Displaying the American Flag is a common, proud sight as Members travel about The Reef. Homes, business owners and clubs often erect flag poles and fly US
Flags to provide their homes and our community with an obvious sense that “Here we honor our country.”
With that noble objective comes a sacred responsibility to observe the protocol associated with that intention. It’s the protocol of saying, “Good Morning to you” and the smile that you render when someone says, “Good Morning” to you. Failure to return the greeting and smile is a snub. Failure to follow flag protocol is considered akin.
If you fly the US Flag, you must lower it at sunset and raise it again at 8 o’clock in the morning – a solemn protocol called “Colors”. You must also raise your flag completely and return it to “half mast” in periods of national mourning. These periods can only be proclaimed by State Governors or the US President and are often violated by clubs and local organizations, with good intentions, when a popular leader or member dies.
Luckily for late risers, you may elect to properly illuminate your flag at night and fly it night and day. Be especially attentive to potential noise that flag halyards can make in certain winds and wind speeds.
The advent of synthetic fibers has vastly increased the life of well-made flags. However, none are totally resistant to weather and sunlight and eventually become frayed so as to become useless. When this happens, the US Flag must be replaced and the retired flag properly disposed of by burning. Burning is best done with the flag properly folded in a neat, clean cardboard box outdoors in a metal bucket or pail. You can use an ounce or two of charcoal lighter fluid to dampen the box and ignite it with a long gas match. Many use the moment as a solemn ritual, perhaps with family to recite the Pledge of Allegiance. “Flag Day” (June 14th) or “Independence Day” with family are days that usually work well and teach respect for our flag.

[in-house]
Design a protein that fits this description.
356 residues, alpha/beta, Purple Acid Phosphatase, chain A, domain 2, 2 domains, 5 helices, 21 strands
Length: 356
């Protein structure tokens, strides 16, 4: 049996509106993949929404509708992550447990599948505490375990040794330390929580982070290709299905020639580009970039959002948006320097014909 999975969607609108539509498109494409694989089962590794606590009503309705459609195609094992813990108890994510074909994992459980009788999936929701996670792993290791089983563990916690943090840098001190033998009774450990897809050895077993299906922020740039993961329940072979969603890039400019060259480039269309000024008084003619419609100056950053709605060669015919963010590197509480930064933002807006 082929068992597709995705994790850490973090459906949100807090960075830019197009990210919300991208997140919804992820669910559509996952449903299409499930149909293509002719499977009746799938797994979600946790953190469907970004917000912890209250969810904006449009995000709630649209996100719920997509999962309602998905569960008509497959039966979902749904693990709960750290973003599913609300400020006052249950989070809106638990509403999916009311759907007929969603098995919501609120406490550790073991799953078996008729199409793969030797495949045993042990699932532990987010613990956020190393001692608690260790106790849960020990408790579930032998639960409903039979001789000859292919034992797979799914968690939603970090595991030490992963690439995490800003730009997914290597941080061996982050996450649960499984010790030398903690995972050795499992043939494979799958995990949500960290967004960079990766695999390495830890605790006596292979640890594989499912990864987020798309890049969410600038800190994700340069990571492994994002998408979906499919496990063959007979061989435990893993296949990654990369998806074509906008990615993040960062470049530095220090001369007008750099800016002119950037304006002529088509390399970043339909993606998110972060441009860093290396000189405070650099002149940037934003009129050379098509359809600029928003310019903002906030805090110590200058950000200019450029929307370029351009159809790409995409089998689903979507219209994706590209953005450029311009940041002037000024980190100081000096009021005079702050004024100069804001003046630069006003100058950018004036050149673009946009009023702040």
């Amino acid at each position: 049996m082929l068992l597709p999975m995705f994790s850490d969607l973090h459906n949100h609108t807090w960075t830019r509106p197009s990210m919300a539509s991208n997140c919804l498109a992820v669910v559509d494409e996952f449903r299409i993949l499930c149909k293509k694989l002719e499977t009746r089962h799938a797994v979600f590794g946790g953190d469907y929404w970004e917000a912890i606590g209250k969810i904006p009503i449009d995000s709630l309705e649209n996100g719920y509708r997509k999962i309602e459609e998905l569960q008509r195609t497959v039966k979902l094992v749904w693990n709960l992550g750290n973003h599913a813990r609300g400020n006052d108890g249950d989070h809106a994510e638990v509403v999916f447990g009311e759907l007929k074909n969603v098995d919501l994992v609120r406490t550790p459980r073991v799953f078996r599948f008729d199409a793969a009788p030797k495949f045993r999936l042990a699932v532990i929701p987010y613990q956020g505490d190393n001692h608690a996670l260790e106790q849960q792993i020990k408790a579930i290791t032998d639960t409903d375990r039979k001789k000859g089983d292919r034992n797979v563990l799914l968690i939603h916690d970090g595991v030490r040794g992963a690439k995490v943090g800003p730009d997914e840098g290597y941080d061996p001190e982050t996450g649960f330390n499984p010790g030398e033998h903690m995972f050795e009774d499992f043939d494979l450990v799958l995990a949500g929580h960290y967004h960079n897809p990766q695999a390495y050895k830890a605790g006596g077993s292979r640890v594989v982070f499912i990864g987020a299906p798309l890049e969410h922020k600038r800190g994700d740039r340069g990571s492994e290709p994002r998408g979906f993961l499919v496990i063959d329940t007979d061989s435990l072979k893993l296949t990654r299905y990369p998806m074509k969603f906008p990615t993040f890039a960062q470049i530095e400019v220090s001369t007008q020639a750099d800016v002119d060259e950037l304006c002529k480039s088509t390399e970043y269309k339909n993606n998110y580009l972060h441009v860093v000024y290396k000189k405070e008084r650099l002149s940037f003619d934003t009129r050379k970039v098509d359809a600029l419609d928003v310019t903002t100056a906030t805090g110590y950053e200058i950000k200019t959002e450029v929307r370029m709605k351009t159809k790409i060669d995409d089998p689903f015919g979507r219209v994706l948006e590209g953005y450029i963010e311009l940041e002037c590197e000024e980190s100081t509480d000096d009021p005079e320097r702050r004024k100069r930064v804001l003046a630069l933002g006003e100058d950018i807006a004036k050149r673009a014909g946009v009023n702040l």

The photograph shows the nautical flag mast near the Raw Bar that allows the display of the US Flag seemingly displayed incorrectly below the Ocean Reef Club famous blue burgee flying high above. Three nautical flag masts dominate the entrance channel into Ocean Reef Harbor and all three position the US Flag below either the Ocean Reef Club Burgee or the Ocean Reef Yacht Club Burgee at the yacht club’s Quarterdeck Room above the dockmasters office.
This positioning is perfectly correct as the position of the US Flag at the top of the “gaff” angled yard is the position of greatest honor and mimics the aftermost position of all large national flags of all sailing vessels from the days of sailing warships when the immediate nationality of the vessel was paramount from long distances.
Nautical flag masts have “spreaders” to each side that can contain useful information using burgees or alphabet letter flags. The spreader on the right or “starboard” is the side of greater honor. Thus we see the local US Coast Guard Flotilla flag on the right honoring its association with the USCG. The Club’s burgee at the top designates the owner of the mast – your Ocean Reef Club that is spelled out, flag-wise, on the first mast entering the harbor.
The protocol and study of flags is called Vexillology.